Make it clear upfront that you don’t want your friendship to change in any major degree. But you should also make it clear that you don’t plan on offering your friend special privileges simply because you were buddies before the promotion.

Do Stay Professional

Above all else, you’ll need to stay professional. Of course, conducting yourself in a professional manner is always important, regardless of your position within the company.

But as a manager, there will be even more attention focused on you to make sure that you’re setting a positive example for other company employees.

Try not to spend too much time in casual conversation with your friend at work following your promotion.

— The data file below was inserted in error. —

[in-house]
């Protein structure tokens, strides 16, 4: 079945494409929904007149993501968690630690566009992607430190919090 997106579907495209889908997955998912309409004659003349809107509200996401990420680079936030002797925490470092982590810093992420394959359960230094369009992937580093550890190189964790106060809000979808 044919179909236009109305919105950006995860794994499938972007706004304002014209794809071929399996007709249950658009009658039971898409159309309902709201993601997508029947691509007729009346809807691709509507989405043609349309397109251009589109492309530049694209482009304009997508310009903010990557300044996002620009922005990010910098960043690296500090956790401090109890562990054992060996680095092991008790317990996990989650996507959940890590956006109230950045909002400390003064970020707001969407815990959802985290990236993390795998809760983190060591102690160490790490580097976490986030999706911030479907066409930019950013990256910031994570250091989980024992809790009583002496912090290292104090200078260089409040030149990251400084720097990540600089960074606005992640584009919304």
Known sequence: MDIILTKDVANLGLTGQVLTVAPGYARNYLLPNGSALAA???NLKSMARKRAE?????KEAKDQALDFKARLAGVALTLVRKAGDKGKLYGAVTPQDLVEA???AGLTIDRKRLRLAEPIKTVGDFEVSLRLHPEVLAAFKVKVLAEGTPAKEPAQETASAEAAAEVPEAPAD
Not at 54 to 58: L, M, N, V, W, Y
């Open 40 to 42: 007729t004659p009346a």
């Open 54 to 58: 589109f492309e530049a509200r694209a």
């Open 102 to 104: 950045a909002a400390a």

Talking to each other during lunch breaks or other breaks during the workday is fine, but any excessive personal conversations could give your other co-workers the idea that you’re favoring one person over the others.

Managing a Friend at Work

Strike up friendly conversations with everyone in the office, making it clear that you enjoy spending time with employees.

Keep these conversations brief, and never pry into an employee’s personal life unless they’re completely comfortable talking about their family or their hobbies.

Do Pay Attention to Performance

One of the most important aspects of working as a manager, regardless of industry, is keeping tabs on the performance of company employees.

While each company has different tools that allow managers to access and analyze data pertaining to employee performance, the main lesson here is to stay vigilant.

And when it comes to monitoring the performance of an employee who is also a close friend, there may be moments when this feels uncomfortable.

Do your best to ignore your personal feelings temporarily so that you can maintain an objective viewpoint in the workplace, a viewpoint that allows you to treat your friend just like everyone else.